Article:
Archive for January 13th, 2015

By January 13, 2015 Read More →

Scientists Use Poker to Improve Robot’s Decision Making

A couple of scientists working in their laboratory.Whether they’re serving us drinks on a cruise ship or parking our cars for us, robots are learning new tasks at what feels like an extraordinarily rapid pace. Driving that point home is a new study out of the University of Alberta in Canada that demonstrates the incredible decision-making capabilities of one particular robot.

According to NPR, researchers at the university developed a program that can beat any human opponent at a variant of Texas Hold’em poker. It’s known as Heads-up Limit Texas Hold’em, a version of the game that only features two players and capped betting. Despite being more limited than other variants, the research team still found there are “10 trillion different decision points in the game.” And one of those can apparently be used to win no matter what the other players is doing, which is interesting considering the act of bluffing is crucial to any version of poker.

But lead researcher Michael Bowling said that no matter how good the human player is, the computer will win. It took him and his team many years and the power of some 5,000 computers to figure it all out, with one researcher claiming it took nearly “a thousand years of computation” to reach these results.

Despite this program’s obviously strong skill set when it comes to this poker variant, Bowling said that online players won’t have to worry about it dominating virtual poker rooms. For one, it’s playing a variant that isn’t terribly popular among poker players at large. That being said, Bowling noted that there are indeed bots out there that players should look out for—just not his. For Bowling, it all comes down to improving the robot’s ability to make decisions when facing uncertainty, not clearing out the bank accounts of rival players.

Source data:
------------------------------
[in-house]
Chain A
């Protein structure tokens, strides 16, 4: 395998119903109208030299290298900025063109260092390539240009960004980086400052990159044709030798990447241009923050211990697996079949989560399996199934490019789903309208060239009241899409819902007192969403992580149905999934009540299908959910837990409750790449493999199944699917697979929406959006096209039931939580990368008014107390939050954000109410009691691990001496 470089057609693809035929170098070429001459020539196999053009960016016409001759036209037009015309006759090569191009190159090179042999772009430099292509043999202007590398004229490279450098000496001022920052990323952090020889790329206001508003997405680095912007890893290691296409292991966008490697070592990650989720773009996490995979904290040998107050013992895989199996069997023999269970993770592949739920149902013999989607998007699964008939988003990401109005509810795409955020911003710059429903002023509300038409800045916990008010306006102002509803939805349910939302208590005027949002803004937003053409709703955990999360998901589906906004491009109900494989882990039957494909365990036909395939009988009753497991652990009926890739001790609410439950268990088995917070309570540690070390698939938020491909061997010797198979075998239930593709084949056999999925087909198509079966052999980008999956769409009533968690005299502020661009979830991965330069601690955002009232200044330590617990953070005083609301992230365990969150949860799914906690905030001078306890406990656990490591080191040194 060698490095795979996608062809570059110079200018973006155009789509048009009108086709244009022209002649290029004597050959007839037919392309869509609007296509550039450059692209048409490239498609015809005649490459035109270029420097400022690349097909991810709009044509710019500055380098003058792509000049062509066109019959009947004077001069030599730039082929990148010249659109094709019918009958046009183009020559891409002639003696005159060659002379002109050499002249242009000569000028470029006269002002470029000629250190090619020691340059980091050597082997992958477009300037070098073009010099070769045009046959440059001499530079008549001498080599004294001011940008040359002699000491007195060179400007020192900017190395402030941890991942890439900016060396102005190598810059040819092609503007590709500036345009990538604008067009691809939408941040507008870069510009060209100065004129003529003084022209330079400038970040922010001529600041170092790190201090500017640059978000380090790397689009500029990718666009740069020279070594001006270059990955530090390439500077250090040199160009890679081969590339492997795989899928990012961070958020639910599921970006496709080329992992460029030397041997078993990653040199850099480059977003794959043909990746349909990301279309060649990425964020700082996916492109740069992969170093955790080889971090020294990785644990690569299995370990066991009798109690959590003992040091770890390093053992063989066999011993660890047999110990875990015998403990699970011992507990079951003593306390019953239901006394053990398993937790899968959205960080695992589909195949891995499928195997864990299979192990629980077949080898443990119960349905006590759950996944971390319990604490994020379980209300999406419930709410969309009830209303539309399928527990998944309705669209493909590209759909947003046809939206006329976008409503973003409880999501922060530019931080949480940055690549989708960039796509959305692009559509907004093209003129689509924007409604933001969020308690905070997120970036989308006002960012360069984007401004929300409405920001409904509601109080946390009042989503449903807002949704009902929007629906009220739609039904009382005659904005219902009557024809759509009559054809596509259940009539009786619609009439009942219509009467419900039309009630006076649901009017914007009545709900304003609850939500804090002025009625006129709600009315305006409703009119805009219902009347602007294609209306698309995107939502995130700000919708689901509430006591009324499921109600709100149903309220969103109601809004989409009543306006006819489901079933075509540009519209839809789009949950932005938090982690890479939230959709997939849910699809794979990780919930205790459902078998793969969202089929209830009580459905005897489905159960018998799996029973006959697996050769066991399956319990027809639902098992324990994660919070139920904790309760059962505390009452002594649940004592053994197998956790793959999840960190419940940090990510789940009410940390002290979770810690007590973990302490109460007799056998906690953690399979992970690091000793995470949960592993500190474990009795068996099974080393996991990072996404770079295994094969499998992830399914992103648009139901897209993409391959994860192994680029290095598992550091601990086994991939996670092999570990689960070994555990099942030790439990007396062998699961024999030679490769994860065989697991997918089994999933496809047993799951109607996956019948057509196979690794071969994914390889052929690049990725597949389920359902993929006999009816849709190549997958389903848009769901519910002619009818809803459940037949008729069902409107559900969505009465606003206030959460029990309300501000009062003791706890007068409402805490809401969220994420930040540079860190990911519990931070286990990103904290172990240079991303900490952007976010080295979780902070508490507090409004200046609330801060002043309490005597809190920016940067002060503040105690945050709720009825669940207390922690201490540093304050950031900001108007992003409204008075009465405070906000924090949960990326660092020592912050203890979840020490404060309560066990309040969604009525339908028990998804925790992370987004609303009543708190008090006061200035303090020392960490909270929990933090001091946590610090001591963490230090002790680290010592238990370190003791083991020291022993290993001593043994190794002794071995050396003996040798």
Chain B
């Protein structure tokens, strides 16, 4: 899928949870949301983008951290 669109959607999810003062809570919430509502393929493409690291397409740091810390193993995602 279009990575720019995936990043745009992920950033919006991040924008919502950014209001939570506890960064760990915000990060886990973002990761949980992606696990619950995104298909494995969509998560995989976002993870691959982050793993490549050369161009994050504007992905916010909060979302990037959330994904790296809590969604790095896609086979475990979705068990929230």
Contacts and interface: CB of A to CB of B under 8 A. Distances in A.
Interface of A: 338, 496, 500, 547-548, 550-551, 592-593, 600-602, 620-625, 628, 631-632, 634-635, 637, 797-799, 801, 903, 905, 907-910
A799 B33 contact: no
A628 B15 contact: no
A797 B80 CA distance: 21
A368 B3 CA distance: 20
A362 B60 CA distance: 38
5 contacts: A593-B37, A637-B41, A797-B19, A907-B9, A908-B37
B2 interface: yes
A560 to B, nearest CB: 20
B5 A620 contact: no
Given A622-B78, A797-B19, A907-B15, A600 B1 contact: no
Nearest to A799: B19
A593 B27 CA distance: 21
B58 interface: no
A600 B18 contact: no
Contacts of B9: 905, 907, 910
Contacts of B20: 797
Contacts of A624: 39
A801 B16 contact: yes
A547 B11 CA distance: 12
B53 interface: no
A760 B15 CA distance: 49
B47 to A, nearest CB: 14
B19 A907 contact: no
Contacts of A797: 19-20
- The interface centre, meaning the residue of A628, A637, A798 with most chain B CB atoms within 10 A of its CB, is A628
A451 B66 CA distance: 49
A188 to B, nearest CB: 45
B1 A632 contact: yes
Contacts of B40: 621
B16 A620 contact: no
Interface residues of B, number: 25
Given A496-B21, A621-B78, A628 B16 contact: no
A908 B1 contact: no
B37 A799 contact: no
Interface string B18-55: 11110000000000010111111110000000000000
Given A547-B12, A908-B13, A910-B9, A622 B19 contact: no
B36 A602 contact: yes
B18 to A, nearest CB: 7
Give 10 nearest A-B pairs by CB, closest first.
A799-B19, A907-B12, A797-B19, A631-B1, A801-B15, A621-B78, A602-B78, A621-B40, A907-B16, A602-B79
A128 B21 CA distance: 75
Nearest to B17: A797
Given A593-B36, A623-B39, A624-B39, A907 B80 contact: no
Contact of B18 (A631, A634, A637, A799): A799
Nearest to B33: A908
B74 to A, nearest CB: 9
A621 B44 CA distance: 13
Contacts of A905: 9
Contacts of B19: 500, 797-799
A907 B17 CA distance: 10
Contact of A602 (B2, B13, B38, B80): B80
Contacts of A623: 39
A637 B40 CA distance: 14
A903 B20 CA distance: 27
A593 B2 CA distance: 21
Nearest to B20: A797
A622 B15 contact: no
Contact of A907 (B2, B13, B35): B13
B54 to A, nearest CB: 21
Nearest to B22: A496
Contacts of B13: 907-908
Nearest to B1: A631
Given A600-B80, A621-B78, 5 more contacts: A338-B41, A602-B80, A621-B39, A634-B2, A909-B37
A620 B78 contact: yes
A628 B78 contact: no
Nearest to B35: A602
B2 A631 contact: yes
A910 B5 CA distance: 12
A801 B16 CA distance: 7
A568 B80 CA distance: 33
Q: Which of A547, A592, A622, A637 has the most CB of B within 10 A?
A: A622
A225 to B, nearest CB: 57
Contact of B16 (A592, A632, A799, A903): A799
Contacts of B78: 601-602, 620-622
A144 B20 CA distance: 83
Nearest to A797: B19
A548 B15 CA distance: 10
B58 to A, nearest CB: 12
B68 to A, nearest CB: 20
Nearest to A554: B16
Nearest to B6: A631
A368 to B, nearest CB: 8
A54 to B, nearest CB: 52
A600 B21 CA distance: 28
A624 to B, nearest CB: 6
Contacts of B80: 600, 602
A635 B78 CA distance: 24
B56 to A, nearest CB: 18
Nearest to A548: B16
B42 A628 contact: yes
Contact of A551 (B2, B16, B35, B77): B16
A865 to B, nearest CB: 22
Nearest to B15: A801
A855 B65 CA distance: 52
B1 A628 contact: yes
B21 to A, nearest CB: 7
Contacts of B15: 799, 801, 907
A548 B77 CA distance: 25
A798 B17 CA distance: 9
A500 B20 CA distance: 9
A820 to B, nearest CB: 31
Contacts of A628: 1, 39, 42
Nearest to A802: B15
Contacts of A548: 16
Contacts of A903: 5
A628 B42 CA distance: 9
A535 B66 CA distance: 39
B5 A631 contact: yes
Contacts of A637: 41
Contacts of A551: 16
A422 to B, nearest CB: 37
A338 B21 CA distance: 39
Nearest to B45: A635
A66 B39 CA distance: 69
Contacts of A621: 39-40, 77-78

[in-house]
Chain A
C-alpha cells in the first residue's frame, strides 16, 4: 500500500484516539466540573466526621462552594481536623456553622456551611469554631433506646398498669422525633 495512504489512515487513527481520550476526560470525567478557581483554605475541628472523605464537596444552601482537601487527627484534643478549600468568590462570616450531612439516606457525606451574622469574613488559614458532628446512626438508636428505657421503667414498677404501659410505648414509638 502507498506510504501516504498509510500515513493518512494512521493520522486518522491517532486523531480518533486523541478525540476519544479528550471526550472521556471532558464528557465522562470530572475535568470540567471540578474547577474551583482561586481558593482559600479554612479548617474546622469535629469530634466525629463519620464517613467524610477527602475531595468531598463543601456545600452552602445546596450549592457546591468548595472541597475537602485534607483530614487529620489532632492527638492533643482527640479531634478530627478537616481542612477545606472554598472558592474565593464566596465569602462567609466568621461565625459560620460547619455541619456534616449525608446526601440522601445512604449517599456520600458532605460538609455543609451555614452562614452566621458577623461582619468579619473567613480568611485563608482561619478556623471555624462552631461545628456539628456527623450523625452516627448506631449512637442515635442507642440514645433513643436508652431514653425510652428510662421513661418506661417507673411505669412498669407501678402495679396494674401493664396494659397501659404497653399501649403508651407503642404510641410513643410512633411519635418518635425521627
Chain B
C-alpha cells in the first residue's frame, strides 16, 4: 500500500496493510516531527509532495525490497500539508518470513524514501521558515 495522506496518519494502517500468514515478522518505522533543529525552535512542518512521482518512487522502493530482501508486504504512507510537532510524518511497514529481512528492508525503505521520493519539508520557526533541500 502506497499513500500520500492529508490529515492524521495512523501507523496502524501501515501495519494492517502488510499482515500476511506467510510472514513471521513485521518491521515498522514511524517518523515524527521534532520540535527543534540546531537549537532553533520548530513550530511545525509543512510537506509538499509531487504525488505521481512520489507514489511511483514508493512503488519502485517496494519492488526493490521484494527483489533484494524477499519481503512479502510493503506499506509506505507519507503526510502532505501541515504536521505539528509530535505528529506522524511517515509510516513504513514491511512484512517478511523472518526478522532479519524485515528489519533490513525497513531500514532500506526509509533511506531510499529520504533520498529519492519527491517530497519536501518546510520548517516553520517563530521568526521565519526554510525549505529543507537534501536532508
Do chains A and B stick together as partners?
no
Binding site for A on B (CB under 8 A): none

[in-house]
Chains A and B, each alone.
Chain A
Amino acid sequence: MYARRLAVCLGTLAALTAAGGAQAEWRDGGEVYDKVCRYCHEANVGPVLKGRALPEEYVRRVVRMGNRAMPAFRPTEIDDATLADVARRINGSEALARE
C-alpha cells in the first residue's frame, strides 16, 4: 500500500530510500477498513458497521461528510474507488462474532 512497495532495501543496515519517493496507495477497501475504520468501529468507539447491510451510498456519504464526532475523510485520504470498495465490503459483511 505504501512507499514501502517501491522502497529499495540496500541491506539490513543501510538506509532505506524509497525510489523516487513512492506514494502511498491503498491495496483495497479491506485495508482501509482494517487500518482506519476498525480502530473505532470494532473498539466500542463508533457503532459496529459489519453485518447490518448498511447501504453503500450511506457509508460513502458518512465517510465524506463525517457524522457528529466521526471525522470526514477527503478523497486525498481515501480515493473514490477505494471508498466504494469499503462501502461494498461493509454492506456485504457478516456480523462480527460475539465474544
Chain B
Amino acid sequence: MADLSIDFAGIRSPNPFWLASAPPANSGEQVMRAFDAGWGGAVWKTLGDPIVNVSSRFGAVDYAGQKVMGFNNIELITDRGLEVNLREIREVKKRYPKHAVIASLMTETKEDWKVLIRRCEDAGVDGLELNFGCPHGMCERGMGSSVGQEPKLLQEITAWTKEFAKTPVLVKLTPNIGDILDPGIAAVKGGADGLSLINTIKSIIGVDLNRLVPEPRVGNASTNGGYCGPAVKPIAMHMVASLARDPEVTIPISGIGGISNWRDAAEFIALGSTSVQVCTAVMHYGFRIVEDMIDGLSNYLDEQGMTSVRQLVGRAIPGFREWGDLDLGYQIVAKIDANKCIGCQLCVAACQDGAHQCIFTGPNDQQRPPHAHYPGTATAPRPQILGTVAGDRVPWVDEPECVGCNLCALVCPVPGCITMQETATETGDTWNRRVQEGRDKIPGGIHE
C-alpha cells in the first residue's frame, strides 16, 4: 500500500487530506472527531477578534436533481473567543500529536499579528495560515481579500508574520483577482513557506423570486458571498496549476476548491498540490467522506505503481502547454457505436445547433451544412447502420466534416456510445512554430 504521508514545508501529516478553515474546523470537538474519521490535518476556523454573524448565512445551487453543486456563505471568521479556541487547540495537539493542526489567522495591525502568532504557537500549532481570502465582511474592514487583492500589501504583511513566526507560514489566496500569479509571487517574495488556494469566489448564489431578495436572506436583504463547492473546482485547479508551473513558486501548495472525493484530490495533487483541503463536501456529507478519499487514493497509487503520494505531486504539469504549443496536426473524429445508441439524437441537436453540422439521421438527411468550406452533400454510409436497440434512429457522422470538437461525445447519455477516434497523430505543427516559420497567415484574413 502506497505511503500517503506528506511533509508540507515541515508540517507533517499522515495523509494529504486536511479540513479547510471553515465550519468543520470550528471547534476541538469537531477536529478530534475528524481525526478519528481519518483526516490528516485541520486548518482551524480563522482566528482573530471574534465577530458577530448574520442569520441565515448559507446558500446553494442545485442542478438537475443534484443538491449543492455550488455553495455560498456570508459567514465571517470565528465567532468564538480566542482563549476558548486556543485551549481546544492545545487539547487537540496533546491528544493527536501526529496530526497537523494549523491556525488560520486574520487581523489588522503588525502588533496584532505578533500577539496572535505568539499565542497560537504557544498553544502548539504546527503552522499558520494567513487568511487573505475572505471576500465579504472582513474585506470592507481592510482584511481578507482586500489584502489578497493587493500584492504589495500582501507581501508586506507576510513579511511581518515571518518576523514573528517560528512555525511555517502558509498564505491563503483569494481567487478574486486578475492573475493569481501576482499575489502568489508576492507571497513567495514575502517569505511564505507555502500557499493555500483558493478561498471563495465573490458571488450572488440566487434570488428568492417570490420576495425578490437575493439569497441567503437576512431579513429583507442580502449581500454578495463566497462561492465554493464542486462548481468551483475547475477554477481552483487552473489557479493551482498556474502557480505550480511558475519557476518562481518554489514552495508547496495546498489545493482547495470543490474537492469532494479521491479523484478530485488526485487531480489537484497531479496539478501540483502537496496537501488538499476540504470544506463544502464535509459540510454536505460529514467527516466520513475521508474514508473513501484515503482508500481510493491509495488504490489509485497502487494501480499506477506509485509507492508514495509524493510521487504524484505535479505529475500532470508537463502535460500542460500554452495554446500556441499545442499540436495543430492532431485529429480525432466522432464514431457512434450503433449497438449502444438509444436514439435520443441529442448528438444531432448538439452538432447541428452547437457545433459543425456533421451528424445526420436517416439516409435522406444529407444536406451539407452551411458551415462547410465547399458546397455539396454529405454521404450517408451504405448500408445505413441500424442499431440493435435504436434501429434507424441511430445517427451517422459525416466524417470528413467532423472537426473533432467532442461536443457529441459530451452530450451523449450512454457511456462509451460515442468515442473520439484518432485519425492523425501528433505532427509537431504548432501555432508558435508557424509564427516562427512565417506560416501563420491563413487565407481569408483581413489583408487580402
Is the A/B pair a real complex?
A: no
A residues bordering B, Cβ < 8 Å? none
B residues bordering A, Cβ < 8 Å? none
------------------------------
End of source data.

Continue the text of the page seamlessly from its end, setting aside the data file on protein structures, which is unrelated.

Of course, if they did want to make the robot’s decision-making processing even that much more incredible, the scientists could look to a slew of other poker games to test it out on. According to online platform betfair poker, there are a number of variants out there including one close to what the robot was taught to play. That’s the multi-player Texas Hold’em, perhaps the most popular version of the card game thanks to its boom in the late 1990s and early 2000s. That all being written, these more complicated games could prove exceedingly difficult and likely impossible in terms of programming. Can you imagine the number of variables at play here? Again, this is especially true when noting the very “human” factor of bluffing, a major component to play any form of poker.

For those interested in reading more about this poker-playing robot study, head to the Cepheus Poker Project. With this type of decision-making programming in place, it’ll certainly be interesting to see where other, similar studies can make advancements—and how they can be applied to real-life situations.